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1965 Twenty-five Years Ago

June 2024
2min read

The Civil Rights Act of 1964 destroyed the legal foundations of segregation in America, but it did nothing to end the literacy tests and terrorism that Southern states used to deny black Americans the right to vote. In Alabama’s Wilcox and Lowndes counties, for example, not a single black voter was on the registration rolls. Nearby Selma was the logical place to take a stand for voting rights, explained Martin Luther King, Jr., “because it had become a symbol of bitter-end resistance to the civil rights movement in the Deep South.” King announced plans for a protest march from Selma to Montgomery to take place on March 7. “We’re not on our knees begging for the ballot,” he said. “We are demanding the ballot.”

NEVER ” read a button on the lapel of Selma’s sheriff, James Clark, who in the past had revealed an uncanny ability to rejuvenate the civil rights movement with galvanizing acts of violence against demonstrators. On March 7 he did it again, sending his posse men to help five hundred Alabama state troopers disperse the Selma marchers with clubs, cattle prods, bull whips, and attack dogs. “I don’t see how President Johnson can send troops to Vietnam, and can’t send troops to Selma, Alabama,” said one of the injured protesters. “Next time we march … we may have to go on to Washington.”

A national television audience that evening saw ABCs broadcast of Judgment at Nuremburg interrupted by footage of America’s own racial hatred. The Minnesota senator Walter Mondale declared that the Selma violence made “legislation to guarantee Southern Negroes the right to vote an absolute imperative for Congress this year,” and later in the week President Johnson introduced a voting rights bill to Congress. But the fatal beating on March 9 of the Reverend James J. Reeb demonstrated that the battle was far from won. King announced his determination to undertake the march to Montgomery as “part of the process of stimulating legislation and law enforcement” and declared that further acts of brutality would take place “in the glaring light of television.”

Beginning on March 21, three thousand federal troops lined U.S. Highway 80 as King’s legion left Selma for the five-day, fifty-four-mile journey. Outside Montgomery nearly twenty-five thousand people joined the marchers and accompanied them to the Capitol building. “We are on the move now,” King told the largest-ever civil rights demonstration in the South, “and no wave of racism can stop us…. We are moving to the land of freedom.”

That night Ku Klux Klansmen shot and killed Mrs. Viola Liuzzo, a white volunteer and mother of five, as she was driving to Montgomery. This shocking postscript to the Selma march intensified pressure for passage of the Voting Rights Bill, which Johnson signed into law in August.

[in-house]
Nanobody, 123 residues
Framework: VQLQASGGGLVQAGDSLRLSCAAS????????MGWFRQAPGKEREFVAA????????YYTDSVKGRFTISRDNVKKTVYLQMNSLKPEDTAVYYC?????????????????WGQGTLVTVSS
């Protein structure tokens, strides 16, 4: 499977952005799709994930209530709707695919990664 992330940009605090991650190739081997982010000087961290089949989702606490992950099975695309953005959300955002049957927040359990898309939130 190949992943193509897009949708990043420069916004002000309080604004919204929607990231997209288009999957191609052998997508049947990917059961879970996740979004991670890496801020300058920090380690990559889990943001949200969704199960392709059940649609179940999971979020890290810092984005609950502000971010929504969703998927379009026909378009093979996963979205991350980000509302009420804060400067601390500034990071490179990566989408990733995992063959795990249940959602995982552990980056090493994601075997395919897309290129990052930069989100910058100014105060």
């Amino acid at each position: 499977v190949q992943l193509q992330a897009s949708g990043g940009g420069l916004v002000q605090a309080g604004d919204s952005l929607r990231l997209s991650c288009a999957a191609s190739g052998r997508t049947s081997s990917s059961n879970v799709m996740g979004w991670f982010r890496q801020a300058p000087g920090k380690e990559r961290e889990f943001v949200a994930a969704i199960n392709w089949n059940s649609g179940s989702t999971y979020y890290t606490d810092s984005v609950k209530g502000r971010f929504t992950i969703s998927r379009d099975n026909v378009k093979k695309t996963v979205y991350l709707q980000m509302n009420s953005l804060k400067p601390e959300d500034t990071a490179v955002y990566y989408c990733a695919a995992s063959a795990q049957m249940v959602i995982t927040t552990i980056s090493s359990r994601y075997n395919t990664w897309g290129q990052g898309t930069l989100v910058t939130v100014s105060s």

∗On March 8 the Supreme Court unanimously ruled that conscientious objectors with a sincere belief “in a relation to a supreme being involving duties superior to those arising from any human relation” could be exempted from combat service in the U.S. military.

∗Thirty-five hundred American Marines began to arrive in South Vietnam on March 8 to guard the Air Force base at Da Nang. These men, the first American combat troops to land on the Asian mainland since the Korean War ended, joined twenty-three thousand American advisers already serving with the South Vietnamese military.

∗On March 24 Sen. Robert Kennedy became the first person to scale Mount Kennedy in Canada’s Yukon Territory. Kennedy overcame an acute case of acrophobia before reaching the summit, where he left several mementos of his brother John, in whose honor the mountain had been named. Kennedy said he made the climb for “personal reasons which seemed compelling,” but his wife Ethel had a different theory: “I think he wants to take his mind off the fact that he’s not an astronaut.”

∗The most popular motion picture in March was George Stevens’s biblical blockbuster The Greatest Story Ever Told . Critics attacked the film’s ponderous length and numerous celebrity cameo appearances but admired the American debut of the Swedish actor Max von Sydow as the Messiah. Von Sydow had previously established an international reputation for his anguished work in the films of Ingmar Bergman.

—Arthur Nielsen

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